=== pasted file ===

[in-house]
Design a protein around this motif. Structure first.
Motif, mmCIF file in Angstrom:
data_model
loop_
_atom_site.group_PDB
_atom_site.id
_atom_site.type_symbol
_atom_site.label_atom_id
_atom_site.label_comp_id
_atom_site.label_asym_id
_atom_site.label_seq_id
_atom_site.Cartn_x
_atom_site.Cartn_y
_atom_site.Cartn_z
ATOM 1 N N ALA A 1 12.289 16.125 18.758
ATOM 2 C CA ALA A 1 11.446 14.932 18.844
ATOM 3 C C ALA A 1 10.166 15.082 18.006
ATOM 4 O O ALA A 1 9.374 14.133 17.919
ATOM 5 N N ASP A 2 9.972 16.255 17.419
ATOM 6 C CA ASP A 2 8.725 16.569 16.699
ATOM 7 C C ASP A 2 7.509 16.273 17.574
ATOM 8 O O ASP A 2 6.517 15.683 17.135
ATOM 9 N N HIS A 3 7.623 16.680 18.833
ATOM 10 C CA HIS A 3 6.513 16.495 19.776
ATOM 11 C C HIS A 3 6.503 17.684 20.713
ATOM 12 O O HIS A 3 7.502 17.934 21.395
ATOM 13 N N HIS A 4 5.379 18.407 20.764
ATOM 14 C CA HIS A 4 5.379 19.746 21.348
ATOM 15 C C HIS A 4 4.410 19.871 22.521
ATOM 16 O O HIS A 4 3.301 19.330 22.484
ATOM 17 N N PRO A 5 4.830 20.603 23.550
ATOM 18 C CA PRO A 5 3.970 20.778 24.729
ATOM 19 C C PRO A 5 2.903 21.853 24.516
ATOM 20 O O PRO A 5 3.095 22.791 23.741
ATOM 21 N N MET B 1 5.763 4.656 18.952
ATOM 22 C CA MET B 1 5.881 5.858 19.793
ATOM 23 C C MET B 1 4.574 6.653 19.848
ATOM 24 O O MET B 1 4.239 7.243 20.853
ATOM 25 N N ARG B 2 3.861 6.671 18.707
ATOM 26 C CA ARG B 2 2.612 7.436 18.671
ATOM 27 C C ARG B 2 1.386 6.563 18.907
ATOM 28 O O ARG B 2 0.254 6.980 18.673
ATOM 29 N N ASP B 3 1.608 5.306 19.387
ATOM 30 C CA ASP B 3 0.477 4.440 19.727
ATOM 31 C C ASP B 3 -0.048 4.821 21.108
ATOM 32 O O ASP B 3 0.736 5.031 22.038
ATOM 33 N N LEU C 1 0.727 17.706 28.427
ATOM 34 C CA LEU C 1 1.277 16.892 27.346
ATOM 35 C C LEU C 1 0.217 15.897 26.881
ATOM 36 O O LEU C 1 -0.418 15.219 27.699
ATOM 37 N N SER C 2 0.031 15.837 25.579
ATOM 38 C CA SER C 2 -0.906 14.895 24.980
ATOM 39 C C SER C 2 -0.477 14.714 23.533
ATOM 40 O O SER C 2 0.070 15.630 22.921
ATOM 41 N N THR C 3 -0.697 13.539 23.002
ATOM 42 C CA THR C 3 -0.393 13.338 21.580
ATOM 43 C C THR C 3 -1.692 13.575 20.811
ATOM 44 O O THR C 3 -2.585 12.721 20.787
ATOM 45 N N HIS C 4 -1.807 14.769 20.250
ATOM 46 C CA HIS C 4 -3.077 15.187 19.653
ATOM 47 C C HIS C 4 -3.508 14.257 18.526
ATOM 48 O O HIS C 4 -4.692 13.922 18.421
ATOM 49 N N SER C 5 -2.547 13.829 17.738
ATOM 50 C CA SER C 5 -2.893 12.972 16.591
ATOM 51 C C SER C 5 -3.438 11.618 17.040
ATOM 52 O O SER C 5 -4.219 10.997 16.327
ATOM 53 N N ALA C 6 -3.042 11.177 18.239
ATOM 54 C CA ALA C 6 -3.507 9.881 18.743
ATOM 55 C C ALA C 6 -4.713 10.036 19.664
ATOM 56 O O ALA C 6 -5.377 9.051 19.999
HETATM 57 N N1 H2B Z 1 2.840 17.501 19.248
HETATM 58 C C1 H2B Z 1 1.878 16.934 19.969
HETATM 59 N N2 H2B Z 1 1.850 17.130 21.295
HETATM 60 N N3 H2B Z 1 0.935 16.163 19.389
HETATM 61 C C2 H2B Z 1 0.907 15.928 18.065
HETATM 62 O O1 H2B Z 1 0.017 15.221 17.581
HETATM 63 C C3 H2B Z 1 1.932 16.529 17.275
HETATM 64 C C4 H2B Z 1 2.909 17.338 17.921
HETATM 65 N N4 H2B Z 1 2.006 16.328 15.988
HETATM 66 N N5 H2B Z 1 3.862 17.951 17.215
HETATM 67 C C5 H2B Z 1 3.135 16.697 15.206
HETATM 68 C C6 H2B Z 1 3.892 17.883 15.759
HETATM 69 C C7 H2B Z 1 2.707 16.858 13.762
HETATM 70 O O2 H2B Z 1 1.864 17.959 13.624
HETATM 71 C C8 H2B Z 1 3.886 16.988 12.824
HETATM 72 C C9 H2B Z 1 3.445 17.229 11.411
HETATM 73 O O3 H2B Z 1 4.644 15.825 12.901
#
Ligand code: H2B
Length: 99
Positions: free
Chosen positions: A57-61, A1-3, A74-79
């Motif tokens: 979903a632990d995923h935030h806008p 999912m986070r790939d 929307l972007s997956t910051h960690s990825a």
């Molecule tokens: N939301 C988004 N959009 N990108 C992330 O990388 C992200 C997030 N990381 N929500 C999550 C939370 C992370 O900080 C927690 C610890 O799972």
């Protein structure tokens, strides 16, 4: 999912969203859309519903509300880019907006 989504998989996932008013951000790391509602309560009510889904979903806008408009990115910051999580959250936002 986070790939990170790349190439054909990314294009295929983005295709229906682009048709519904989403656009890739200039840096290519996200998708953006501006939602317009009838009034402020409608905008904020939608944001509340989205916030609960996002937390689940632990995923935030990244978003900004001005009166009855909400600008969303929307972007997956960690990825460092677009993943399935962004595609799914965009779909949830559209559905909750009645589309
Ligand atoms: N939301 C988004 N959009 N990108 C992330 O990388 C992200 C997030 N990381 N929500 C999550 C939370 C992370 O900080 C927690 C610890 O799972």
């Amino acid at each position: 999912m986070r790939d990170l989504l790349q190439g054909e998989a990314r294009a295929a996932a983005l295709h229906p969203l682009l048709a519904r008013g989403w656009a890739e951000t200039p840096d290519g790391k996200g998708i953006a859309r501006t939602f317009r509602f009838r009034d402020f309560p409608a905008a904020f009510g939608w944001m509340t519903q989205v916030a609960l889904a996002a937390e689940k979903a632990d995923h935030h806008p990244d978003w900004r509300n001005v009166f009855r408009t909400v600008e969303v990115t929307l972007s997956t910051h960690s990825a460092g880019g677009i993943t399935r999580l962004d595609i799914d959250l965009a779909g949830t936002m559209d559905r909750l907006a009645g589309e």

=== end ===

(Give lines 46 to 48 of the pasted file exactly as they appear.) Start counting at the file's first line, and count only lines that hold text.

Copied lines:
ATOM 31 C C ASP B 3 -0.048 4.821 21.108
ATOM 32 O O ASP B 3 0.736 5.031 22.038
ATOM 33 N N LEU C 1 0.727 17.706 28.427